Be surprised, be Super surprised

Danger man: Speedy Cheetahs' scrumhalf Sarel Pretorius. (Steve Haag/Gallo)

Danger man: Speedy Cheetahs' scrumhalf Sarel Pretorius. (Steve Haag/Gallo)

Super Rugby is a marathon, not a sprint – even more so this year because the season will not be interrupted by the June international window.

There are enough fixtures to allow slow-starting teams to catch up and, equally, for those fast out of the blocks to slow down and smell the roses. Furthermore, the first month of fixtures is dominated by local derbies, the results of which frequently ignore the form book.

This week, for instance, the Reds play the Waratahs in Brisbane. It is the greatest contest in Australian Rugby Union.
The Waratahs are the defending Super Rugby champions, but managed to lose at home to the Force in the opening round. The Reds beat the same opponents a week later, but lost both their other fixtures. No one knows what will happen this week, which is one of the more pleasing aspects of sport in general.

In South Africa, there are two local derbies on Saturday evening: the Cheetahs play the Bulls in Bloemfontein and the Sharks travel to Newlands to meet the Stormers. The Sharks and the Bulls both have one win from three starts, while the Stormers and the Cheetahs are unbeaten. At the risk of being repetitious, no one knows what will happen this week.

History provides little solace for those wishing to venture a prediction. The Cheetahs, for instance, have only ever beaten the Bulls twice in Super Rugby, and only once since the franchise system was introduced. But that win came last year in what was otherwise a dismal season for the Free Staters. It is also germane that the Cheetahs have picked up a losing bonus point in each of their last three defeats to the Bulls – the games are close.

Regularly exchanged players
There is also the fact that the two sides have exchanged players regularly over the past decade. This year the Bulls come to Bloemfontein with Adriaan Strauss, Trevor Nyakane and Lappies Labuschagné, all of whom were with the Cheetahs last year.

When one journalist suggested that the Cheetahs might have to change their line-out calls as a result, a jovial Naka Drotské, the Cheetahs’ head coach, said: “We have to do that every year.”

It was a reference to the constant rebuilding that has to happen as Drotské‘s players follow the money.

As it happens, the Cheetahs have the chance to make a real name for themselves over the next fortnight, as they host the Sharks next week. Win both and they will be four from four as they embark on an arduous antipodean tour that takes in games against the Crusaders, the Chiefs, the Brumbies and the Force.

So far, the Cheetahs have made a virtue out of attacking with the crumbs of possession that come their way. The stats gurus at Opta Sports note that the Cheetahs averaged just 10.5 minutes with the ball in their opening two games. That’s almost three minutes less than any other team in the competition. Opponents need to look out in particular for the quicksilver breaks of Sarel Pretorius at scrumhalf and the mercurial genius of Willie le Roux at fullback.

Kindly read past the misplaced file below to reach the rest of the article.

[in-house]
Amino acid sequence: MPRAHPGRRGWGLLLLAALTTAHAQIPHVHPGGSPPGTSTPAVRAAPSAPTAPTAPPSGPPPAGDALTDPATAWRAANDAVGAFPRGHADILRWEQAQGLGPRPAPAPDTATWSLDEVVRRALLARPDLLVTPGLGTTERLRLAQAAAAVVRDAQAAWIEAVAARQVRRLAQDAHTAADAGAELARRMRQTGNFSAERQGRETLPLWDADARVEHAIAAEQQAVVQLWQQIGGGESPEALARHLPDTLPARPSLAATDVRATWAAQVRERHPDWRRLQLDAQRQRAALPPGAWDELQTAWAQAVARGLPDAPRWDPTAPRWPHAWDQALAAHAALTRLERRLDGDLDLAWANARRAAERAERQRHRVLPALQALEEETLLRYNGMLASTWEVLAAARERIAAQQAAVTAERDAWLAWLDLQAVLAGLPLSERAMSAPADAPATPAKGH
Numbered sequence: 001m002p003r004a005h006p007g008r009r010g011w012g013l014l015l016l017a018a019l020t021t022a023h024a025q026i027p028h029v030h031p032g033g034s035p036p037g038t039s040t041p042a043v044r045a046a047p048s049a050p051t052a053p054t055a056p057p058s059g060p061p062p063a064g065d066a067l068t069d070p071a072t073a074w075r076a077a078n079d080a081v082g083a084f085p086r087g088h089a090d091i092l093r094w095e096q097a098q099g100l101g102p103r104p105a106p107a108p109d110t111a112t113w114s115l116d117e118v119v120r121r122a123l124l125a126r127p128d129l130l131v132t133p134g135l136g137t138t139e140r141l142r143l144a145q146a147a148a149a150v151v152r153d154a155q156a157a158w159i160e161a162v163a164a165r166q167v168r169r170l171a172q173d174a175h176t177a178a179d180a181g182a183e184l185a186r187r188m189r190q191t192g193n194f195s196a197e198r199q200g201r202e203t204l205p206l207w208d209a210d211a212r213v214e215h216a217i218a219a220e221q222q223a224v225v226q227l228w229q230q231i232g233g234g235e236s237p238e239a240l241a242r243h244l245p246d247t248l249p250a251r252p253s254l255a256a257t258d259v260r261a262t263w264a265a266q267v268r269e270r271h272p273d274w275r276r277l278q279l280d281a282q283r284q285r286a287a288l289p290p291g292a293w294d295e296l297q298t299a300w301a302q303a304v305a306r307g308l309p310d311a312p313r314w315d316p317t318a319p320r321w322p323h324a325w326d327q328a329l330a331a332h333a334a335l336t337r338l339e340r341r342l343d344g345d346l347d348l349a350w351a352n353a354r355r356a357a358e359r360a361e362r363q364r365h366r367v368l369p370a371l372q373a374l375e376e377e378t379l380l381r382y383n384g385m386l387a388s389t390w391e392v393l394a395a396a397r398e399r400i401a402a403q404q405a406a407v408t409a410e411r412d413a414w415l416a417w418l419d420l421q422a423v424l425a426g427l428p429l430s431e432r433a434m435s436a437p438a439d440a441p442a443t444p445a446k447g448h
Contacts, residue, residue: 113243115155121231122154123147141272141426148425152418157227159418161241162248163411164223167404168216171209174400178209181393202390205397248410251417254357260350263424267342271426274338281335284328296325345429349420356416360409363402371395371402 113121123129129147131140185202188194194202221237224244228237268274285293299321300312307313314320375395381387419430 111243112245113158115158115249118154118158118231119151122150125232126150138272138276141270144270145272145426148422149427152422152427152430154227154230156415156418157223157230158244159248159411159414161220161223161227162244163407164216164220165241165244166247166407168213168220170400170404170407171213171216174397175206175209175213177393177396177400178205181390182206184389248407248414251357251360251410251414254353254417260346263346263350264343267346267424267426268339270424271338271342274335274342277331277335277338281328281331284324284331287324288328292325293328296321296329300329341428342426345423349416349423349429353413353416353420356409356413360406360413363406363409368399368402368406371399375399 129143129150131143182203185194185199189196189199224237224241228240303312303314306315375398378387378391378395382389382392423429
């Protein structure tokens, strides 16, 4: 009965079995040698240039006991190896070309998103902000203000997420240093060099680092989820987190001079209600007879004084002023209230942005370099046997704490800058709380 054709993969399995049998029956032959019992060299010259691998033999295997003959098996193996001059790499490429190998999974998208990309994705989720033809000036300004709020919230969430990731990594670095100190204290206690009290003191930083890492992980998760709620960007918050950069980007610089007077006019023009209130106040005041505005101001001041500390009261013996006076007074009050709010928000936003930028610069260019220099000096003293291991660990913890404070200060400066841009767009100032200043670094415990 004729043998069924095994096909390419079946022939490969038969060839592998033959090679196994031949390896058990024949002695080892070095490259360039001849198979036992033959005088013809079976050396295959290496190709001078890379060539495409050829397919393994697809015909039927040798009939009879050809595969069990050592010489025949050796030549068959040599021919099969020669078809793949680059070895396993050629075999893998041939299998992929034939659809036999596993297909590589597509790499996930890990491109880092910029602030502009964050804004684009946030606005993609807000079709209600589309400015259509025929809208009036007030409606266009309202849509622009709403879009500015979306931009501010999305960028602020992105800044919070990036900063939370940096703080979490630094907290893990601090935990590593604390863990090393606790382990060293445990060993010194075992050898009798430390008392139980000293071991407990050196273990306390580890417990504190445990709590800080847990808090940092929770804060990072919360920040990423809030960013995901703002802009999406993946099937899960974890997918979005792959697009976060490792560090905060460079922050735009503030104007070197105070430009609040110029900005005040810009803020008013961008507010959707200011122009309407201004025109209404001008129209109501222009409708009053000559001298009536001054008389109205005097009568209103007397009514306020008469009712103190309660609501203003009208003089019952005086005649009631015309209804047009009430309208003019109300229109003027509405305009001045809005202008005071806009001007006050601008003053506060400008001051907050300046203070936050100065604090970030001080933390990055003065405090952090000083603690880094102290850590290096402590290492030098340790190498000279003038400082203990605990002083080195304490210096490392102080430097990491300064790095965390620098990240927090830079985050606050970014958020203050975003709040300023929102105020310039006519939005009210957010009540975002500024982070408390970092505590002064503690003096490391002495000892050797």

At Newlands, a Stormers team brimful of confidence hosts the Sharks. The return from injury of Eben Etzebeth and from Japan of Schalk Burger will be a timely boost to the home side’s playing resources.

The Sharks have returnees of their own, of course, with 2007 World Cup winners JP Pietersen and Frans Steyn both back in the mix.

Mass exodus
On paper, the Sharks and Bulls seemed the best of the local sides preseason, but in reality neither has looked a likely title contender. The fact that this is a World Cup year complicates any attempt to predict matters. There will be a mass exodus of players from all franchises after the quadrennial showcase, and it is human nature for the players concerned to have their minds elsewhere than on the immediate demands of Super Rugby.

That is as true of the Australian and New Zealand sides as it is of ours, so there is no need to get introspective. It is simply another way of saying that we should expect the unexpected. There is no reason the Bulls and the Sharks can’t win away from home this week; it just feels wrong.

Equally, there is no reason the Lions cannot break a three-match losing streak in Albany on Saturday. The first of the local franchises to go on tour could easily have won both their home games if it had not been for a tactical inflexibility. With that in mind, they should be positive ahead of their trip to Auckland’s north shore, even if the odds seem stacked against them.

For one thing, the opposition also had to travel across time zones this week. The Blues lost both their games in South Africa and face the Lions away from their Eden Park home. It is hardly ideal for John Kirwan’s men, who form a squad a long way short of the great ones on display in the 1990s.

The Lions have only won once in Auckland, 14 years ago when they campaigned as the Cats. This week it is time to laugh in the face of history.

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